This 75th anniversary year is an exciting time to be in Oak Ridge. I see renewal all over town – investments in our city that will help secure our future for the next 75 years. As an incumbent Council member, I'm proud to have contributed to fostering the progress we see. I want to remain on Council because I'm eager to help finish what we've started, and because I am aware of other needs that are waiting to be addressed.
Additionally, I believe that my 9+ years of service on Council (spanning two city managers) and the learning I've received from experiences such as representing the Council on the preschool task force, working with the Chamber on retail recruiting, and serving on the National League of Cities Energy, Environment, and Natural Resources Committee are experience that the City cannot afford to lose at this time.
Finally, although I know that too often I fall short, residents tell me I respond to citizen requests, and I don't want people to lose that.
The most urgent infrastructure improvements are situations where something is broken and needs to be fixed quickly (water main breaks, electric outages, potholes, etc.). These are not discretionary items; they need to be fixed!
Currently the city top priority for infrastructure investment is replacement of our drinking-water treatment plant, which could fail if we don't deal with it soon. Fortunately, this project will get low-cost capital funding through federal and state programs. Our aging water distribution system needs improvement to help prevent future water-main breaks and associated street patching.
In general, our streets and sidewalks need upgrades and more frequent maintenance.
Two less traditional infrastructure areas that I think deserve more attention than they've been getting are the stormwater system, which is causing localized problems around the city, and our public open spaces (especially greenbelts) that are plagued with kudzu and other invasive weeds.
1. Follow through on the ongoing initiatives that are creating new investment in Oak Ridge's future, including (but not limited to) continued revitalization of our retail sector, completing the preschool and senior center projects, building that new water plant, adding sidewalks and getting the stoplights coordinated along our thoroughfares, making the "rail trail" a reality, and leveraging the national park and our other assets to bring more tourists here.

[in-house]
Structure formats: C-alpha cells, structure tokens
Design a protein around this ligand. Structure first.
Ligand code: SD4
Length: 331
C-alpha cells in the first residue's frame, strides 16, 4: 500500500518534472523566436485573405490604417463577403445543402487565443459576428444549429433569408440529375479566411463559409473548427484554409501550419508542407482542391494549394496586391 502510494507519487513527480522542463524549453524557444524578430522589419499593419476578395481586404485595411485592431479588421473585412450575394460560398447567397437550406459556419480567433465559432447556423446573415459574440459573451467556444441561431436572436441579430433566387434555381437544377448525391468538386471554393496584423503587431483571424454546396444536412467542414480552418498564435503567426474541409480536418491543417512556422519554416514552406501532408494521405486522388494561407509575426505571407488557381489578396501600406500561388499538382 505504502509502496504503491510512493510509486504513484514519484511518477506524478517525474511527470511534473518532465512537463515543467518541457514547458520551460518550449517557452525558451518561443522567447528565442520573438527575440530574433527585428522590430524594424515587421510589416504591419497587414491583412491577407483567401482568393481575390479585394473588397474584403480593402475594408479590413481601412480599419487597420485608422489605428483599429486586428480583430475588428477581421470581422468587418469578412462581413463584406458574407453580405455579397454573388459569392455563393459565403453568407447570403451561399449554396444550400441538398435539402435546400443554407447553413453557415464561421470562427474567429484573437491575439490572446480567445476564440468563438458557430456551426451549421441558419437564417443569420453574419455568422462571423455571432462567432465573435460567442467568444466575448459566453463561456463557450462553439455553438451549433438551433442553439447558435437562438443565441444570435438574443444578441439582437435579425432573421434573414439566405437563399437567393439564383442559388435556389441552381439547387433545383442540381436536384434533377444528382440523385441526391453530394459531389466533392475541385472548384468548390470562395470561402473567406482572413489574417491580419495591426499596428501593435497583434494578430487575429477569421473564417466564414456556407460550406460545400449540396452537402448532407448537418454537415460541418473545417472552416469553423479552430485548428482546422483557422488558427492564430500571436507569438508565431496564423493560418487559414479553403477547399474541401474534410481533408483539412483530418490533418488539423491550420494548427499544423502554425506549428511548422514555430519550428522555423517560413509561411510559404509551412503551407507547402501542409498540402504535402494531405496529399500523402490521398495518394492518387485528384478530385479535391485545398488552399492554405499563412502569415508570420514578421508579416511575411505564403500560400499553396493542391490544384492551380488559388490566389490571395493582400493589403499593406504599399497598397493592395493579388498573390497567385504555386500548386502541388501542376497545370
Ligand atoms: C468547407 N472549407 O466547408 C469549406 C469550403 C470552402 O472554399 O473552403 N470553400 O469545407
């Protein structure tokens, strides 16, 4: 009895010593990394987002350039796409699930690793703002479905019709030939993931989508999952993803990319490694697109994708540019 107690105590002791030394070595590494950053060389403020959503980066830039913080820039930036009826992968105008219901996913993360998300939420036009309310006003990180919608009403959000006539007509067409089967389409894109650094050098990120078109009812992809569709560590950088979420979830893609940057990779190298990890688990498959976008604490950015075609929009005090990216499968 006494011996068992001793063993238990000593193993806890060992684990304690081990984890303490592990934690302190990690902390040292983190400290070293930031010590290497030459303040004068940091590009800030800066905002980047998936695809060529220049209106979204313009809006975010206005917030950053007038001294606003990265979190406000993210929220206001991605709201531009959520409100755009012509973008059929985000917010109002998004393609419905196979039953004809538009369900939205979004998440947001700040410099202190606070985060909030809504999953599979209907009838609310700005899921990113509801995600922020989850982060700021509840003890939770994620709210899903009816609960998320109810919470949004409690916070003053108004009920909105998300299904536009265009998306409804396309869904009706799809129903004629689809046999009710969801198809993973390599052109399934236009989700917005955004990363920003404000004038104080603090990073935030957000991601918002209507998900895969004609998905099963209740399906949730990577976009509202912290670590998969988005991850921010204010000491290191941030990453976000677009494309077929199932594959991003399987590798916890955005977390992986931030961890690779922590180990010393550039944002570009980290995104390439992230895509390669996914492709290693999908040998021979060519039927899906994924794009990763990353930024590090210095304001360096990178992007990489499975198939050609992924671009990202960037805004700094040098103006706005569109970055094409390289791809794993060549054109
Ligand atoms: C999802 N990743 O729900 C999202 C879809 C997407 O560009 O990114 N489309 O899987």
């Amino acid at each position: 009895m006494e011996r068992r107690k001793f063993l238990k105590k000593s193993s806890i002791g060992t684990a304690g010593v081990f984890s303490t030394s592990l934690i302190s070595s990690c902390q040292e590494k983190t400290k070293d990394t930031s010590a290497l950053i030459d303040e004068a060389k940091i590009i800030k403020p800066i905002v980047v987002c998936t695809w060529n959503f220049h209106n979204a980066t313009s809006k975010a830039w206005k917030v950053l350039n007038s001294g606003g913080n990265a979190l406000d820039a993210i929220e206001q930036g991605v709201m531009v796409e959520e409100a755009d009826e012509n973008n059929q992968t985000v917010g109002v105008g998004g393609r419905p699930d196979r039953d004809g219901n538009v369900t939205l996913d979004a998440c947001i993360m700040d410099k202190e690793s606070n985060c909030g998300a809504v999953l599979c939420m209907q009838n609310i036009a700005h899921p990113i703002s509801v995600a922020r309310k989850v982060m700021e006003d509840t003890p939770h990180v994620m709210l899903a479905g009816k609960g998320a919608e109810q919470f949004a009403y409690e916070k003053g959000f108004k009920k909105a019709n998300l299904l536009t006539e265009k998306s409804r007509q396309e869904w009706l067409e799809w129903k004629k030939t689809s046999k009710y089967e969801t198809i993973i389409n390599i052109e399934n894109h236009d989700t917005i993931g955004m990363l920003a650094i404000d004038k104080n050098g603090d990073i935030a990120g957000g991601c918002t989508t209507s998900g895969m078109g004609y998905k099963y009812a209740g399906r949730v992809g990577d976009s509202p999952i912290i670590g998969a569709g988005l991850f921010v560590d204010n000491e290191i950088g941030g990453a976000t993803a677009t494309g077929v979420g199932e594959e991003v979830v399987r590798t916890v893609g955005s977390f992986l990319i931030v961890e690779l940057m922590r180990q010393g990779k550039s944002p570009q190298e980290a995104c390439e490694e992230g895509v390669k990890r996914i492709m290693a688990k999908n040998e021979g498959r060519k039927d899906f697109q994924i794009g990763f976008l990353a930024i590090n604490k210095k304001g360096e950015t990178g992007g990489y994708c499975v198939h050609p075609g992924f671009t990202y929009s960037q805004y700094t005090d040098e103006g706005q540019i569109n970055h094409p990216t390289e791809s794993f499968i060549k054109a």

2. Provide adequate resources to maintain our infrastructure and sustain excellence in our schools, police, fire department, and other public services.
3. Work on our relationship with DOE, for the benefit of both parties.
Our biggest fiscal challenge continues to be the fact that our city is home to a major industrial enterprise (the DOE facilities) that yields only a tiny fraction of the revenue we would get from a “normal” industrial enterprise of the same size, while imposing special burdens that add to local government's costs and diminish our ability to generate other revenues. To maintain the positive relationship between DOE and Oak Ridge, the community needs fair compensation for the costs of hosting the important federal enterprise. Other challenges include loss of Hall tax (about $700 thousand annually), slow growth in property values, and state proposals to repeal other taxes that benefit cities or transfer revenue from cities to counties. To address these challenges, we need to increase our property values and sales tax collections through continued commercial growth and by offering a quality community with attractive housing (both new and renovated) to attract new residents.